Mutations in bird flu viruses could aid human transmission

  • 2 Min To Read
  • a year ago

A recent study conducted by researchers at the University of Glasgow has found that mutations that could potentially allow bird flu viruses to cross over to humans are present in many strains of the H5N1 virus currently causing outbreaks in wild birds. However, these genetic changes would still need further mutations to cause a pandemic in humans.

The researchers discovered a human immune system protein called butyrophilin that typically plays a role in preventing bird flu from infecting humans. In past flu pandemics, the viruses had genes that allowed them to overcome this antiviral protein. While these mutations alone are not enough to cause a pandemic, scientists believe that the fewer mutations present, the better.

The current bird flu outbreak, specifically the H5N1 subtype, has been circulating in large numbers among wild birds since 2021 and has caused significant die-offs of threatened species. It has also affected farmed poultry and mammals that prey on birds, with a few cases reported in humans. However, the virus has not yet evolved the ability to easily spread between mammals, which is of great interest to researchers.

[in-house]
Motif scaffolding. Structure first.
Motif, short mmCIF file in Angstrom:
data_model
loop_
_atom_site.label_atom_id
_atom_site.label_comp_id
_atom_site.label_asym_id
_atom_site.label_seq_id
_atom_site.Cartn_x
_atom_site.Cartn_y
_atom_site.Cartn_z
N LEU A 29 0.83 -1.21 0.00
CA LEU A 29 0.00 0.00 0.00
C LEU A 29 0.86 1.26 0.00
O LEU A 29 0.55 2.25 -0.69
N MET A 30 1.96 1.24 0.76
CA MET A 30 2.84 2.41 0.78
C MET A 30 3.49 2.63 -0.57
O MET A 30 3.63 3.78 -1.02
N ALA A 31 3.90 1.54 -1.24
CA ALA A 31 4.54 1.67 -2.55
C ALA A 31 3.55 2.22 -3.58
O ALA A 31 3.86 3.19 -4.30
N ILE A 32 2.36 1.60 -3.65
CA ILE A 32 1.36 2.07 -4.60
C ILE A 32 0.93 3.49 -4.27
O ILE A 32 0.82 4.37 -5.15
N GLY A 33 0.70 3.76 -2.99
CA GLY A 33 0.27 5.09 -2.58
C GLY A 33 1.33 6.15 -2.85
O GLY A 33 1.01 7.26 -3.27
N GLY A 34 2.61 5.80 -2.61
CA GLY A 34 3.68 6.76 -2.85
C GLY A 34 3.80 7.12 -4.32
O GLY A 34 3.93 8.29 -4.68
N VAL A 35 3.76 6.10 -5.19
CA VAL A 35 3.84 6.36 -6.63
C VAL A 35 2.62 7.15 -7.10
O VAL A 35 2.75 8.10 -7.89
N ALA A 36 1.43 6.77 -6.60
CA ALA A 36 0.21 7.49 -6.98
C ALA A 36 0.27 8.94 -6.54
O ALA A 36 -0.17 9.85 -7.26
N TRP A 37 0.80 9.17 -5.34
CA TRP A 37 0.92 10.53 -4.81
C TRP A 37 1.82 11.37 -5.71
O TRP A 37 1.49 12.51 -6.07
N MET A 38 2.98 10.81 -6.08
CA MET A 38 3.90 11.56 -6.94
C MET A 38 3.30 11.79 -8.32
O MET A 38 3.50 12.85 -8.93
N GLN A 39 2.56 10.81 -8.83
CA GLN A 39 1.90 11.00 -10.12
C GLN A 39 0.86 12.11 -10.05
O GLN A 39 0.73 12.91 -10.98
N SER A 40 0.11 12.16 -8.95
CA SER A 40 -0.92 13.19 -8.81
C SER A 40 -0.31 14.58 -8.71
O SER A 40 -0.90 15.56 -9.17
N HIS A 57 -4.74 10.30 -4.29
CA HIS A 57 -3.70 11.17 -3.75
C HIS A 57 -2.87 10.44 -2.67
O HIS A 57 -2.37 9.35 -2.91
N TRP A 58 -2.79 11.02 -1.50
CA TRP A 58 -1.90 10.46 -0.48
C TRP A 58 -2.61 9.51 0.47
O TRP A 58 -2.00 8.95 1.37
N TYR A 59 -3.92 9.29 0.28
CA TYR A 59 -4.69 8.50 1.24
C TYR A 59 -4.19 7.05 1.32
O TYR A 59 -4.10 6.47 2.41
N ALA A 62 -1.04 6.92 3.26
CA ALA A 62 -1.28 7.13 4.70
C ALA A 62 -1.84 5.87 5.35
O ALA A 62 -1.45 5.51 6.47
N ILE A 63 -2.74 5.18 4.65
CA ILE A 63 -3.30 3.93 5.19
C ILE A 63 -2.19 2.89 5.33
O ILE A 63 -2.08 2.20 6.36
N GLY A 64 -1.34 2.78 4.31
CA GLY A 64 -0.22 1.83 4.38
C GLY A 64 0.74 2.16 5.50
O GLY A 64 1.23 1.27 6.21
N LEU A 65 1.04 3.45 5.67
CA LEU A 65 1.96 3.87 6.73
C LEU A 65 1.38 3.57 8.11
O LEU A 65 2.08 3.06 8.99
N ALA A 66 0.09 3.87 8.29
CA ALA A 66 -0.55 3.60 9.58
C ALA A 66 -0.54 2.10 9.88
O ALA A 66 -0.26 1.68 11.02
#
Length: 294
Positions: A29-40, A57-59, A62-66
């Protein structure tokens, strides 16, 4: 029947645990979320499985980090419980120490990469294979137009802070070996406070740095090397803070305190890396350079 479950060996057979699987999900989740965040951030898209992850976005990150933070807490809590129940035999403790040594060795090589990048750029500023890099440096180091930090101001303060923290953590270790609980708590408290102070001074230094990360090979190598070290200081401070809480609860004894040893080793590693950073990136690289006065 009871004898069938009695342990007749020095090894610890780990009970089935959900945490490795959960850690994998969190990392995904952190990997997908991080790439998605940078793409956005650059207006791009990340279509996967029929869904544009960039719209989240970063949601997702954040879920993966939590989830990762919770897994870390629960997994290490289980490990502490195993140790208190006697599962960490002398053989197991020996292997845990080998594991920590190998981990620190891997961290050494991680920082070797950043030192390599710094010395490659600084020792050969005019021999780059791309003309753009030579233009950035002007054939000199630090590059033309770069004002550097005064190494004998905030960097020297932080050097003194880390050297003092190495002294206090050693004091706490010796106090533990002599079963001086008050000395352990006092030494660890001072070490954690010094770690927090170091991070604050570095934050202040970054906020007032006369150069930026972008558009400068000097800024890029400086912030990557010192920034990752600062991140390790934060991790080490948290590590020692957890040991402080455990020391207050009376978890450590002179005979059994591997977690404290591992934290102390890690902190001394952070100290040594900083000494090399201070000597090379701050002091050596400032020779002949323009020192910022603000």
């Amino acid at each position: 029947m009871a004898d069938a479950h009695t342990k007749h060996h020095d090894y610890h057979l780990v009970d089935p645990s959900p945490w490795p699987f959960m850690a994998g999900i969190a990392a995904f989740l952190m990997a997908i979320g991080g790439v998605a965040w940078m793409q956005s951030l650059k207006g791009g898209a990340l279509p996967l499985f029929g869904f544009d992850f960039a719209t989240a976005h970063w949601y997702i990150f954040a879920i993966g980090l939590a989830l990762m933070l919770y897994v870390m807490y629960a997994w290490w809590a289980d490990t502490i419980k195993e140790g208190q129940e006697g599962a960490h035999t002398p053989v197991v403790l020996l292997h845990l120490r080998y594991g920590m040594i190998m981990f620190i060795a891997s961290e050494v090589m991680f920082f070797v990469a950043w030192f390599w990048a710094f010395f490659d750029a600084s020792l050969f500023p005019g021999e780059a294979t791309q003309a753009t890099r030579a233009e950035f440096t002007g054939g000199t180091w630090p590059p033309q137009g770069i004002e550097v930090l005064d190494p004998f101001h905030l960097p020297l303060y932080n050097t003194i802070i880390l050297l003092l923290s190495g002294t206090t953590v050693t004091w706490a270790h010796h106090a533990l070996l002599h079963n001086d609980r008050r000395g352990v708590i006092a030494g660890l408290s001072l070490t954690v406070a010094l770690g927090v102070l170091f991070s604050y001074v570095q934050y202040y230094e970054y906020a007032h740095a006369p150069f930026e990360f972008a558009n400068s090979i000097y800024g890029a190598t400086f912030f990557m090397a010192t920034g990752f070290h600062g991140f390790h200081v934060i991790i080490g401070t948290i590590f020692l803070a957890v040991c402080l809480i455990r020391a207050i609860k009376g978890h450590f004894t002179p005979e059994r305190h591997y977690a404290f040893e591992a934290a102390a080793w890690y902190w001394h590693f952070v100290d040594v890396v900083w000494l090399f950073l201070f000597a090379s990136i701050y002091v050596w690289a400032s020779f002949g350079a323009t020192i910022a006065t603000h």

The study found that the human form of butyrophilin, which evolved about 40 million years ago, is effective at stopping most bird flu viruses from reproducing. However, mutations similar to those seen in the 1918 flu pandemic, which crossed over to humans from birds, have been observed in about half of the H5N1 viruses causing the current outbreak in wild birds and in nearly all cases that occurred in humans.

Despite these mutations, there has been no widespread transmission of the virus among humans. Scientists believe that further mutations or gene swapping with other viruses would likely be necessary for that to occur. It is reassuring to note that the current H5N1 viruses do not seem to spread easily to humans, according to a report from the UK Health Security Agency.

Researchers are actively monitoring for the presence of mutations that would allow these viruses to overcome butyrophilin. By understanding the potential barriers that the virus needs to overcome to spread to humans, scientists can better assess the risk and develop appropriate measures to prevent a pandemic.


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